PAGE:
- On-Head Detection: for toggling the Glass’ ability to detect whether it’s on your head.
- Guest Mode: for simulating the glass experience without using real, personal info from your accounts.
These settings are all fairly straight forward, but as the Glass feature set grows and new ideas and issues emerge, I would expect the list of settings to grow as well.
Google Glass apps are called Glassware. These represent the promise of Google Glass. Rather than thrusting us into a Google only experience, Glassware will give us access to an ocean of opportunity created by third party developers. Just like your smartphone has access to an obnoxious amount of content, so will Glass.
Right now, Glassware is extremely limited, with the New York Times app serving as the primary example of Glassware. The app is terrible. It inserts breaking news into your timeline history, which is fine, but item after item pile side by side, clogging up your Glass history and making it a disaster to sort through. What’s worse: there is no way to delete a New York Times Card from your timeline. Pretty much all other cards are deletable.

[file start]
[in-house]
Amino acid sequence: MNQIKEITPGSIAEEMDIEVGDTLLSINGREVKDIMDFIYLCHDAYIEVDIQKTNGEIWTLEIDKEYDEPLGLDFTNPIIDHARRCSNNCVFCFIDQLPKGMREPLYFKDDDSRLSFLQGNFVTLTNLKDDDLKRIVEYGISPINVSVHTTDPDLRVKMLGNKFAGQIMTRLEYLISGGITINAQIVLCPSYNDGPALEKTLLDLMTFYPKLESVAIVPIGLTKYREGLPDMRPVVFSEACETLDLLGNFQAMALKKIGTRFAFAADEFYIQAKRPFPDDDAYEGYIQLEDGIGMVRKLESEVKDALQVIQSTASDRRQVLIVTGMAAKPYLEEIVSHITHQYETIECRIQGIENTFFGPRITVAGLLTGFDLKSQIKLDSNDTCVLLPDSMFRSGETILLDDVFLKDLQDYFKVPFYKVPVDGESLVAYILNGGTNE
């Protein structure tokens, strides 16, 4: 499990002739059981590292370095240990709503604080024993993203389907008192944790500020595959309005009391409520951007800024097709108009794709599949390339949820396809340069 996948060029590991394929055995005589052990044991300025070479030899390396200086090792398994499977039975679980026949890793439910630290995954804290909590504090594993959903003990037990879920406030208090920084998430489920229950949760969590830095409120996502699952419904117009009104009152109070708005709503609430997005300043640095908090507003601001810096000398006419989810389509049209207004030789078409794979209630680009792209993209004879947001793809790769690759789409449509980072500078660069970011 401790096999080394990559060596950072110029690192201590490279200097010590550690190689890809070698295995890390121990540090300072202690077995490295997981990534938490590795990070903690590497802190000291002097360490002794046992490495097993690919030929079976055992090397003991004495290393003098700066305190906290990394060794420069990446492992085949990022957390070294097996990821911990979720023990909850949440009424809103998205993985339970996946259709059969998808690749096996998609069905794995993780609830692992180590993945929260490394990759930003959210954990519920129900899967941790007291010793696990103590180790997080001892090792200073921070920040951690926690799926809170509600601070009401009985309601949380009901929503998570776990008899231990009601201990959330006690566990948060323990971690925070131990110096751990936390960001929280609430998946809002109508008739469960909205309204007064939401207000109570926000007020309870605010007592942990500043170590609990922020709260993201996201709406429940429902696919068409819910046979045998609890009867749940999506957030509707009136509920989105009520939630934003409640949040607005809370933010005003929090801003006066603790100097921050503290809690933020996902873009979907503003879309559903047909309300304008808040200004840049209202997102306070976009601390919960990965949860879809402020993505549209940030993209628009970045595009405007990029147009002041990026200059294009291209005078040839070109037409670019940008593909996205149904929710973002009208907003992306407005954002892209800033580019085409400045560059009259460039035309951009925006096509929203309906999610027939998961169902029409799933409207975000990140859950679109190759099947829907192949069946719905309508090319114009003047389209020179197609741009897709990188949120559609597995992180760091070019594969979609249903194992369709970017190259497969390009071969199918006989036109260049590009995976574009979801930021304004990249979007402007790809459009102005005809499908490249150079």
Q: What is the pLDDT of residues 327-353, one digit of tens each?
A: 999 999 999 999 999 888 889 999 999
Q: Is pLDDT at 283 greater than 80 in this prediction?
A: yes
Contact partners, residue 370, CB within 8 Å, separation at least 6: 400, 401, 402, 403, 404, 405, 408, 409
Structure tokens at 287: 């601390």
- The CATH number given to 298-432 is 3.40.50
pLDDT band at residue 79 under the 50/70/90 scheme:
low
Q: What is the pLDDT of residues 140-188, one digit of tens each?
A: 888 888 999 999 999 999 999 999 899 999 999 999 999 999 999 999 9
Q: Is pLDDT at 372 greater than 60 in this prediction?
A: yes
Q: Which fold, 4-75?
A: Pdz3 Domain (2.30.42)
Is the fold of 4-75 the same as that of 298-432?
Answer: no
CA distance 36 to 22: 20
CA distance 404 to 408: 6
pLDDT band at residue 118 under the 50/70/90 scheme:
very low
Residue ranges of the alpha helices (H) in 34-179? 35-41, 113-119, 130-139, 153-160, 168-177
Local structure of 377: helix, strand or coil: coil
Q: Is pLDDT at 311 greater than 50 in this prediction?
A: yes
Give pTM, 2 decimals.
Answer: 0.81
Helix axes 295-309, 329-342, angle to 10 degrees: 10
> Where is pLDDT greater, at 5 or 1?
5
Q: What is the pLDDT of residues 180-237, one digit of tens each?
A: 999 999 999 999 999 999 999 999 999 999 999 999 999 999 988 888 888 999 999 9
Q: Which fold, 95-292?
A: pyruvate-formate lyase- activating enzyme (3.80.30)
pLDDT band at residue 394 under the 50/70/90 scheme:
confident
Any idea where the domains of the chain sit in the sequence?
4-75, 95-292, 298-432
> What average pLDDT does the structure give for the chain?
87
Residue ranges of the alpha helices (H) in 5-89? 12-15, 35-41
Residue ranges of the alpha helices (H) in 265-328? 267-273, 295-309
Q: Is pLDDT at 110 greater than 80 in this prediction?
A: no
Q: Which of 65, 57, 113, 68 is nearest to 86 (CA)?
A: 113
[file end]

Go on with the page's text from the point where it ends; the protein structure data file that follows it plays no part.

I imagine the bulk of Glassware will work in the following ways:
- Insert updates into your timeline without notifications, like the New York Timelines, or perhaps with notifications depending on which settings you choose.
- Inserting a “Card” in the Google Now area. This doesn’t currently exist, but it would make sense to put “Apps”, “Games”, and “Music” types of Cards in this area, allowing for users to tap and choose specific options.
- Integrate with voice commands. Right now the only voice commands are directly related to Google products, but I imagine that developers will have access to offering their own “Okay glass” voice commands in the future.
There isn’t much Glassware out there right now, but it’s of primary importance for the success of Google Glass. Over the next year, much of Google Glass news will come in the way of app and game announcements, demos, beta versions, updates, ideas, concepts, and more. Stay tuned as we’ll be covering this regularly on Phandroid.com.
This is part of our Google Glass Review. For more information, check out the full review, or jump directly to one of the following sections: Introduction, Hardware, Software, Navigation, Calls & Messaging, Camera, Day in the life (1, 2, 3), FAQ, Conclusion.